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    Alphabetically arranged encyclopedia of classical-era US musicals; put together by a well-informed fan-scholar.

  • Fehr, Richard, and Frederick G. Vogel. Lullabies of Hollywood: Movie Music and the Movie Musical, 1915–1992. Jefferson, NC: McFarland, 1993.

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    History of the genre through its relation to song writers and the development of popular music.

  • Fordin, Hugh. M-G-M’s Greatest Musicals: The Arthur Freed Unit. New York: Da Capo, 1996.

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    Informative and revealing chronicle, based on production files, of the MGM films produced by Arthur Freed, most of which were musicals. Previously published by different publishers and under alternate titles: in 1975 as The World of Entertainment! Hollywood’s Greatest Musicals (New York: Doubleday) and again in 1984 as The Movies’ Greatest Musicals: Produced in Hollywood USA by the Freed Unit (New York: F. Ungar).

  • Frank, Rusty E. Tap! The Greatest Tap Dance Stars and Their Stories, 1900–1955. Rev. ed. New York: Da Capo, 1994.

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    Interviews with dancers, many of whom appeared on screen, such as Ann Miller, Gene Nelson, Ruby Keeler, Shirley Temple, and Fayard Nicholas of the Nicholas Brothers.

  • Henderson, Amy, and Dwight Blocker Bowers. Red, Hot & Blue: A Smithsonian Salute to the American Musical. Washington, DC: Smithsonian Institution, 1996.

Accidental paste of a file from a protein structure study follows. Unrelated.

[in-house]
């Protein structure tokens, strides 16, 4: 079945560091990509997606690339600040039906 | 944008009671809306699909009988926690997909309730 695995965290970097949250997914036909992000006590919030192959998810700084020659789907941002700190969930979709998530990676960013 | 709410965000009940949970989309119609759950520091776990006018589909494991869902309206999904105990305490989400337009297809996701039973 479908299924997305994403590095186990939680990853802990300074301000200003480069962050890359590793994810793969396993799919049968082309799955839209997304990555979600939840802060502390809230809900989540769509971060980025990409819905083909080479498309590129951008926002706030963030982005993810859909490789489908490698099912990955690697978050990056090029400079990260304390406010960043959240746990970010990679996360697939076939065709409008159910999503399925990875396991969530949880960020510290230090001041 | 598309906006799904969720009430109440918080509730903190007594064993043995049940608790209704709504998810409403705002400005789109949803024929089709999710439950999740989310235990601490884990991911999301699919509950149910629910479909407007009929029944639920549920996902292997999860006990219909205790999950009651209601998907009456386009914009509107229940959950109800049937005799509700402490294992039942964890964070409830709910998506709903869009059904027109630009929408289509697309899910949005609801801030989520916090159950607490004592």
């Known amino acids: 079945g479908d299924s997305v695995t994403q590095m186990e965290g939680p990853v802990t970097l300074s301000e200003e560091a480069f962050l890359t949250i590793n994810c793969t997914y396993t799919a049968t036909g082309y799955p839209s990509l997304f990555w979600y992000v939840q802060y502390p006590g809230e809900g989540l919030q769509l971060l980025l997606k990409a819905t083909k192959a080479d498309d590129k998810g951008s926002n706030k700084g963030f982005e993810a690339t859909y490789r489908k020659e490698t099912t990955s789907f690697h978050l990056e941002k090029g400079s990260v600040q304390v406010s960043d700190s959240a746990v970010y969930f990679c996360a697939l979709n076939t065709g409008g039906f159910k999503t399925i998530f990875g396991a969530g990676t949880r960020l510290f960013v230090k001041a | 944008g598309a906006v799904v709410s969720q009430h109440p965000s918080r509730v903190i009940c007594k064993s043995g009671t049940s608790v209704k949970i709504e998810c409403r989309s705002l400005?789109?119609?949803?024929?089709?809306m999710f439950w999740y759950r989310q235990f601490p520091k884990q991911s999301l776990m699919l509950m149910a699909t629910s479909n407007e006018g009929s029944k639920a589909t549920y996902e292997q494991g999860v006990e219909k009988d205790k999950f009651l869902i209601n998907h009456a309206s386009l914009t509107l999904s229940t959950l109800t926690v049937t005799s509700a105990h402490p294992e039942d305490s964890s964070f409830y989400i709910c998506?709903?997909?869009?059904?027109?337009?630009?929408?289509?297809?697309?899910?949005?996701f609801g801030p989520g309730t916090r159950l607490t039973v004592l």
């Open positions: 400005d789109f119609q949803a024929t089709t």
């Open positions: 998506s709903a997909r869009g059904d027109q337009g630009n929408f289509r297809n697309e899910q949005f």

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    Lavishly illustrated monograph presenting the genre’s history in an archival context, which was published in conjunction with a major exhibition on the musical held at the Smithsonian museum in Washington, DC.

  • Hirschhorn, Clive. The Hollywood Musical. 2d ed. New York: Portland House, 1991.

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    Complete year-by-year chronology of musicals produced in the United States with listings of numbers and their performers, including voice doubles, for each film. Essential for its encyclopedic coverage, which vividly illustrates the expanding and shrinking quantity as well as quality of annual output during the many decades covered by the volume.

  • Knox, Donald. The Magic Factory: How MGM Made An American in Paris. New York: Praeger, 1973.

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    Invaluable oral history of the making of An American in Paris (1951) with participants ranging from all aspects of the production; informative as case study of this film’s production and as an exemplary document of how MGM made musicals. Out of print but worth tracking down.

  • Parish, James Robert, and Michael R. Pitts. The Great Hollywood Musical Films. Metuchen, NJ: Scarecrow, 1992.

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    Alphabetical listings of musicals produced in the United States with credits and plot synopses.

LAST MODIFIED: 10/28/2011

DOI: 10.1093/OBO/9780199791286-0047